Even though third-party rechargeable batteries were available for the battery-hungry alternatives to the Game Boy, these batteries employed a nickel-cadmium process and had to be completely discharged before being recharged to ensure maximum efficiency. The later NiMH batteries, which do not share this requirement for maximum efficiency, were not released until the late 1990s, years after the Game Gear, Atari Lynx, and original Game Boy had been discontinued. During the time when technologically superior handhelds had strict technical limitations, batteries had a very low mAh rating since batteries with heavy power density were not yet available.
Modern game systems such as the Nintendo DS and PlayStation Portable have rechargeable Lithium-Ion batteries with proprietary shapes. Other seventh-generation consoles such as the GP2X use standard alkaline batteries. Because the mAh rating of alkaline batteries has increased since the 1990s, the power needed for handhelds like the GP2X may be supplied by relatively few batteries.
Five years after the failure of Palmtex' Home-Computer Software Super Micro Cartridge System, Nintendo released the Game Boy. The design team headed by the late Gunpei Yokoi had also been responsible for the Game & Watch system, as well as the Nintendo Entertainment System games Metroid and Kid Icarus. The Game Boy came under scrutiny by some industry critics, saying that the monochrome screen was too small, and the processing power was inadequate. The design team had felt that low initial cost and battery economy were more important concerns, and when compared to the Microvision, the Game Boy was a huge leap forward.
Yokoi recognized that the Game Boy needed a killer app—at least one game that would define the console, and persuade customers to buy it. In June 1988, Minoru Arakawa, then-CEO of Nintendo of America saw a demonstration of the game Tetris at a trade show. Nintendo purchased the rights for the game, and packaged it with the Game Boy system. It was almost an immediate hit. By the end of the year more than a million units were sold, and 25 million were sold by 1992. As of March 31, 2005, the Game Boy and Game Boy Color combined to sell 118.69 million units worldwide.
In 1987, Epyx created the Handy Game; a device that would turn into the Atari Lynx in 1989. It was the first color handheld console ever made, as well as the first with a backlighted screen. It also featured networking support with up to 17 other players, and advanced hardware that allowed the zooming and scaling of sprites. The Lynx could also be turned upside down to accommodate left-handed players. However, all these features came at a very high price point, which drove consumers to seek cheaper alternatives. The Lynx was also very unwieldy, consumed batteries very quickly, and lacked the third-party support enjoyed by its competitors. Due to its high price, short battery life, production shortages, a dearth of compelling games, and Nintendo's aggressive marketing campaign, and despite a redesign in 1991, the Lynx became a commercial failure. Despite this, companies like Telegames helped to keep the system alive long past its commercial relevance, and when new owner Hasbro released the rights to develop for the public domain, independent developers like Songbird have managed to release new commercial games for the system every year until 2004's Winter Games.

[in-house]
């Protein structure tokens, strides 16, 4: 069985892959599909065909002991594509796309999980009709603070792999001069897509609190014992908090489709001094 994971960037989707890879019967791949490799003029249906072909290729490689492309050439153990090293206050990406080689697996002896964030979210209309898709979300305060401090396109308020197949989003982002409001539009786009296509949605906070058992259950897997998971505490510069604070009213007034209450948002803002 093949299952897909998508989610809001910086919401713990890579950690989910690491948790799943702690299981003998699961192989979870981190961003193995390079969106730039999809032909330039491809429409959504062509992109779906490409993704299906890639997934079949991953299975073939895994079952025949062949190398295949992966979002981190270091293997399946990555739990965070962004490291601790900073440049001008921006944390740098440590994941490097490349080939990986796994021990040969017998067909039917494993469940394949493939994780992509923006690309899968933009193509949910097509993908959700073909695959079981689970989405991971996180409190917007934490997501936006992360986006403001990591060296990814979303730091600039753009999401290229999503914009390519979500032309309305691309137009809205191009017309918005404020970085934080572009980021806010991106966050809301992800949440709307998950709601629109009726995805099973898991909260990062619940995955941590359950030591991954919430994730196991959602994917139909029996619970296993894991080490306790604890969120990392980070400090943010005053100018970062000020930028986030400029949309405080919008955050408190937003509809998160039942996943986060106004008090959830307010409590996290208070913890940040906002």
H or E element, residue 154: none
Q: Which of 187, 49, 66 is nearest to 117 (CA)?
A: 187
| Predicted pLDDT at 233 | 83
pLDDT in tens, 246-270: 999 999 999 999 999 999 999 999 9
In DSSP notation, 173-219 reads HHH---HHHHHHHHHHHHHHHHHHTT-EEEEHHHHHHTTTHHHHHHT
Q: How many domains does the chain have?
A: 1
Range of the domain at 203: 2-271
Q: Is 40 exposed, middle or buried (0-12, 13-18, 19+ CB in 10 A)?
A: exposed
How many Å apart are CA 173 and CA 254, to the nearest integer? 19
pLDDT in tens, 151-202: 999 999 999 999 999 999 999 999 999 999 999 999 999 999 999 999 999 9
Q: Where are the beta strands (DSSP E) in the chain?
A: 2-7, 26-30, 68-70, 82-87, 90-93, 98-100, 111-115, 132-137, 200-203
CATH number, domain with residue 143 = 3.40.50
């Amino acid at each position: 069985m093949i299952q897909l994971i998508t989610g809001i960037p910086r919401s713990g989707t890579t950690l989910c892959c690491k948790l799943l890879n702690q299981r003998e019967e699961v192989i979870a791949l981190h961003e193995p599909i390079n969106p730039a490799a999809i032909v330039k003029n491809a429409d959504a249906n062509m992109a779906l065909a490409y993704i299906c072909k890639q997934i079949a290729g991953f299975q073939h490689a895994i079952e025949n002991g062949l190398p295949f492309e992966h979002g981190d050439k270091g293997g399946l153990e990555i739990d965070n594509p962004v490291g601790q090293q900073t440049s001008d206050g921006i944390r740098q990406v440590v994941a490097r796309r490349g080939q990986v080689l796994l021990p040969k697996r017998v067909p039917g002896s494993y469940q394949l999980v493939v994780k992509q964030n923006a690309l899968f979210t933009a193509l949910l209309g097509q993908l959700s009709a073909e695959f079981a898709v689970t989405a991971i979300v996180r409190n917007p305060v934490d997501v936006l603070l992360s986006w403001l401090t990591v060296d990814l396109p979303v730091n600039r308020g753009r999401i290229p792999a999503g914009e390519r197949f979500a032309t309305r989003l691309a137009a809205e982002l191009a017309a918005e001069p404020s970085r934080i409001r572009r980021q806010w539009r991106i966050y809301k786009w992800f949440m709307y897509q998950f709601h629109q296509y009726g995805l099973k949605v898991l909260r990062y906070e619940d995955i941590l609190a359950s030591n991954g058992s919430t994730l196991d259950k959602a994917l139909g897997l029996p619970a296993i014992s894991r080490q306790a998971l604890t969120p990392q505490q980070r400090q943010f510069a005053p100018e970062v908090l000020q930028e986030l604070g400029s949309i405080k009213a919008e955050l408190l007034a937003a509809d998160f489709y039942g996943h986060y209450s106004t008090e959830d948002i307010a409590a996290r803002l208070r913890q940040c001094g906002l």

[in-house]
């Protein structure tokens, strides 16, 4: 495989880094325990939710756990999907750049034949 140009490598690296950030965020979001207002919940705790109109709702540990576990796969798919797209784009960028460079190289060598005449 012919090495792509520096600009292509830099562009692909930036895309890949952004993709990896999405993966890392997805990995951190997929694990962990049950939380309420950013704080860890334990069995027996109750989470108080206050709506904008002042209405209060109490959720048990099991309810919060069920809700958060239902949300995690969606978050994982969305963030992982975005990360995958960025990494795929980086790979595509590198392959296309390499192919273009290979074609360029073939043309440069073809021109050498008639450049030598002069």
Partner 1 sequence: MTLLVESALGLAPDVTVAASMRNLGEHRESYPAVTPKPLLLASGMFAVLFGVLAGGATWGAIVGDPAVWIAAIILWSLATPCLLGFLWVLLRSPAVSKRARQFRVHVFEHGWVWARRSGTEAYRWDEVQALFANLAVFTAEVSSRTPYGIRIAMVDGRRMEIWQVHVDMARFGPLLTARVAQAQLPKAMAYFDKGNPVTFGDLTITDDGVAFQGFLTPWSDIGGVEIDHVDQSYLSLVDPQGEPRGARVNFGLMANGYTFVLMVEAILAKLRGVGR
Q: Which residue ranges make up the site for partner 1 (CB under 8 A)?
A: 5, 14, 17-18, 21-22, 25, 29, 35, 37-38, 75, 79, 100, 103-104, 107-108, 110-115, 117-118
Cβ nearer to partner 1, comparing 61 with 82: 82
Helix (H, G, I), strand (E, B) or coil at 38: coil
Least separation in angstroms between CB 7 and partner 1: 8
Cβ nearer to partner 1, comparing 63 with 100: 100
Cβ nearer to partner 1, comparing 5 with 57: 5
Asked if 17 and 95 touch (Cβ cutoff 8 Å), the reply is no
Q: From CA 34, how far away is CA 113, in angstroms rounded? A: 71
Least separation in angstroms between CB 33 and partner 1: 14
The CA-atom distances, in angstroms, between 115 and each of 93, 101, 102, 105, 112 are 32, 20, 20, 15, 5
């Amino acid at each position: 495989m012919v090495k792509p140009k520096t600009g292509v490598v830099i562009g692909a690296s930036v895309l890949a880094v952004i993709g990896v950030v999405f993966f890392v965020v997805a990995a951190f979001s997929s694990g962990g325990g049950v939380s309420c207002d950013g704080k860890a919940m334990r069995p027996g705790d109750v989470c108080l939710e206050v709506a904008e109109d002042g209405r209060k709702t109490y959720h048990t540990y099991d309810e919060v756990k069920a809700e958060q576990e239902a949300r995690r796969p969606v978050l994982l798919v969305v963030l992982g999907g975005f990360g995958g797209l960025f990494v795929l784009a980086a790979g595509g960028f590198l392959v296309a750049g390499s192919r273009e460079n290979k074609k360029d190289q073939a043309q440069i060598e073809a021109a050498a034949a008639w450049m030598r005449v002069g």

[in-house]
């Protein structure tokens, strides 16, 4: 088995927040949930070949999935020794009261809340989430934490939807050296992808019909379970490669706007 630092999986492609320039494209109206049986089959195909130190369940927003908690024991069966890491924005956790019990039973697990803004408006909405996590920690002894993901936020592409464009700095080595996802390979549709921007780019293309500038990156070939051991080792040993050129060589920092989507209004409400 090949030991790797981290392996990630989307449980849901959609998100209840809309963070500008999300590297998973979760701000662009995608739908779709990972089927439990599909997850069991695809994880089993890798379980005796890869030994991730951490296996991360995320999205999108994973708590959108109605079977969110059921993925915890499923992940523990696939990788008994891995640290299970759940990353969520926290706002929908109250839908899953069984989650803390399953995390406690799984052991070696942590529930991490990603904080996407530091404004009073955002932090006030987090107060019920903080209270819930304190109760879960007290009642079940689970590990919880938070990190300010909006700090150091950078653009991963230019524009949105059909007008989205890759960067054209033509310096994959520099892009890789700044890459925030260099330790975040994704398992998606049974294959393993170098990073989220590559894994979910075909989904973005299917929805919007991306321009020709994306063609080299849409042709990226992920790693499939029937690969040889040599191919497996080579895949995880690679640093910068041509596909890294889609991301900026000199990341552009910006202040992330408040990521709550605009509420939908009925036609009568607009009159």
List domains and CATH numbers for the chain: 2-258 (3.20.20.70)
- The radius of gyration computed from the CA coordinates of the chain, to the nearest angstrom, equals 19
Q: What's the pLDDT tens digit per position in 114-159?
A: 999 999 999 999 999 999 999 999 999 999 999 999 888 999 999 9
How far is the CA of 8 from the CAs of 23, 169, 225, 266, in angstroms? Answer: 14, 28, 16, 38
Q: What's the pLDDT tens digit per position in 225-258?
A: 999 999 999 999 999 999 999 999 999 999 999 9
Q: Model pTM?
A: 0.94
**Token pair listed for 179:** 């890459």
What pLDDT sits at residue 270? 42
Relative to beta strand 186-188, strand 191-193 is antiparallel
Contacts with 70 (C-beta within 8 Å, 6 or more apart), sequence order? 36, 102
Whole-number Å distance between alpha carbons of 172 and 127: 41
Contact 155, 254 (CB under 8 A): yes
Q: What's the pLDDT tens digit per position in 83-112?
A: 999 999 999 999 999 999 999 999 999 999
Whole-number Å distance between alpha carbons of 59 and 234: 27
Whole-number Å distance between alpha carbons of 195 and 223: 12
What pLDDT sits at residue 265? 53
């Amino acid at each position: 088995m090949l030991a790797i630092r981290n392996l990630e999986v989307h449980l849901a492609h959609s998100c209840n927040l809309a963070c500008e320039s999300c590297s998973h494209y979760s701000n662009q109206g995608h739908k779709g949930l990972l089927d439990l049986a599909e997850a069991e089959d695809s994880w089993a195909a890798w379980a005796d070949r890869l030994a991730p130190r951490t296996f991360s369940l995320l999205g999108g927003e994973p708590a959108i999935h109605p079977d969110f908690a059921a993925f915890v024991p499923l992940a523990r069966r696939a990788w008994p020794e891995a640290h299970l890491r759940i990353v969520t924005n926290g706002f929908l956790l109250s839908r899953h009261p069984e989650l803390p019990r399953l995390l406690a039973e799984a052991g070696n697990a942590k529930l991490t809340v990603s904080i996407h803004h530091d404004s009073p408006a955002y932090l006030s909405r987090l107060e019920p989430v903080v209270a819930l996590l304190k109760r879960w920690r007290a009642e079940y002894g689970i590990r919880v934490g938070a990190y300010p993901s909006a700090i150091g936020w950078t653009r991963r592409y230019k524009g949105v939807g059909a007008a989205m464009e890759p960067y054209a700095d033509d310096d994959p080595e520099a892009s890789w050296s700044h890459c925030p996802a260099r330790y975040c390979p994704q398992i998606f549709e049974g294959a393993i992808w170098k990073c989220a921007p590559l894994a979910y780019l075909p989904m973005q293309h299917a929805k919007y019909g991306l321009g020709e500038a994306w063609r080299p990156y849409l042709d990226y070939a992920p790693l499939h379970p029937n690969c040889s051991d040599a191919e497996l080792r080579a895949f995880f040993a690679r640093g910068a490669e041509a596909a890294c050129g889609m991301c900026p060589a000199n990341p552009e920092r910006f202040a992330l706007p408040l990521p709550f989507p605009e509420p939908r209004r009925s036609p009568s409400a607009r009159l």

The TurboExpress was a portable version of the TurboGrafx, released in 1990 for $249.99 (the price was briefly raised to $299.99, soon dropped back to $249.99, and by 1992 it was $199.99). Its Japanese equivalent was the PC Engine GT.
It was the most advanced handheld of its time and could play all the TurboGrafx-16's games (which were on a small, credit-card sized media called HuCards). It had a 66 mm (2.6 in.) screen, the same as the original Game Boy, and could display 64 sprites at once, 16 per scanline, in 512 (some say only 482?) colors. It had 64 kilobytes of RAM. The Turbo ran its two 6820 CPUs at 3.58 MHz in parallel.
The optional "TurboVision" TV tuner included RCA audio/video input, allowing users to use TurboExpress as a video monitor. The "TurboLink" allowed two-player play. Falcon, a flight simulator, included a "head-to-head" dogfight mode that could only be accessed via TurboLink. However, very few TG-16 games offered co-op play modes especially designed with the TurboExpress in mind.
The Game Gear was the third color handheld console, after the Lynx and the TurboExpress. Released in Japan in 1990 and in North America and Europe in 1991, it was based on the SEGA Master System, which gave SEGA the ability to quickly create Game Gear games from its large library of games for the Master System.